Wild Things: Life as We Know It
Caterpillars, Bonobos, European Songbirds and More...
- By T. A. Frail, Jesse Rhodes, Jessica Righthand, Brandon Springer and Sarah Zielinski
- Smithsonian magazine, November 2010
Blue Tit (Parus caeruleus) perching on conifer branch, North Wales, UK (Alan Williams / Naturepl.com)
Name: The blue tit, Cyanistes caeruleus, a European songbird.
At First Light: Males sing at dawn.
By Night Light: In areas with streetlights, males sing earlier in the morning and attract more mates, and females lay eggs 1.5 days sooner.
Not So Bright: “Light pollution influences the timing of breeding behavior,” says co-author Bart Kempenaers of the Max Planck Institute, and could override natural cues about when to mate and with whom.
“Web gigantism in Darwin’s bark spider, a new species from Madagascar (Araneidae: Caerostris),” Matjaž Kunter and Ingi Agnarsson, The Journal of Arachnology, 2010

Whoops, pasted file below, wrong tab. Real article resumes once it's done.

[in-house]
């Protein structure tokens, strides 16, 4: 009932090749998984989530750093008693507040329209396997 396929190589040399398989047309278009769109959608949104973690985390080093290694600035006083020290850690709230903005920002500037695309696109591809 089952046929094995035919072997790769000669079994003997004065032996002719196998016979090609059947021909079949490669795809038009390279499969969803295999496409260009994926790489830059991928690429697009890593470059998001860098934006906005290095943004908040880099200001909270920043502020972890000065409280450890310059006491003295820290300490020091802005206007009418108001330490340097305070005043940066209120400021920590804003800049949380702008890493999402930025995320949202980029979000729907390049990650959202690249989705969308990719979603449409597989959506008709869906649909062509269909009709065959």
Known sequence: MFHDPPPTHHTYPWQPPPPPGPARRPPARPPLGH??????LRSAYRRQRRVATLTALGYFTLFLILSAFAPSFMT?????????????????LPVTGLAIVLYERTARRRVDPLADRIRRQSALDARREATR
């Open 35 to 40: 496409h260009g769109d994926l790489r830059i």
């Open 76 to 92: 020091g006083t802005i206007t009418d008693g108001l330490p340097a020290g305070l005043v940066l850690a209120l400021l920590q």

“Mothers matter! Maternal support, dominance status and mating success in male bonobos (Pan paniscus),” Martin Surbeck et al., Proceedings of the Royal Society B, September 1, 2010
“Are fish less responsive to a flow stimulus when swimming?” Karla E. Feitl et al., The Journal of Experimental Biology, August 27, 2010
“Artificial Night Lighting Affects Dawn Song, Extra-Pair Siring Success, and Lay Date in Songbirds,” Bart Kempenaers et al., Current Biology, September 16, 2010
“Parachuting behavior and predation by ants in the nettle caterpillar, Scopelodes contracta,” Kazuo Yamazaki, Journal of Insect Science, April 27, 2010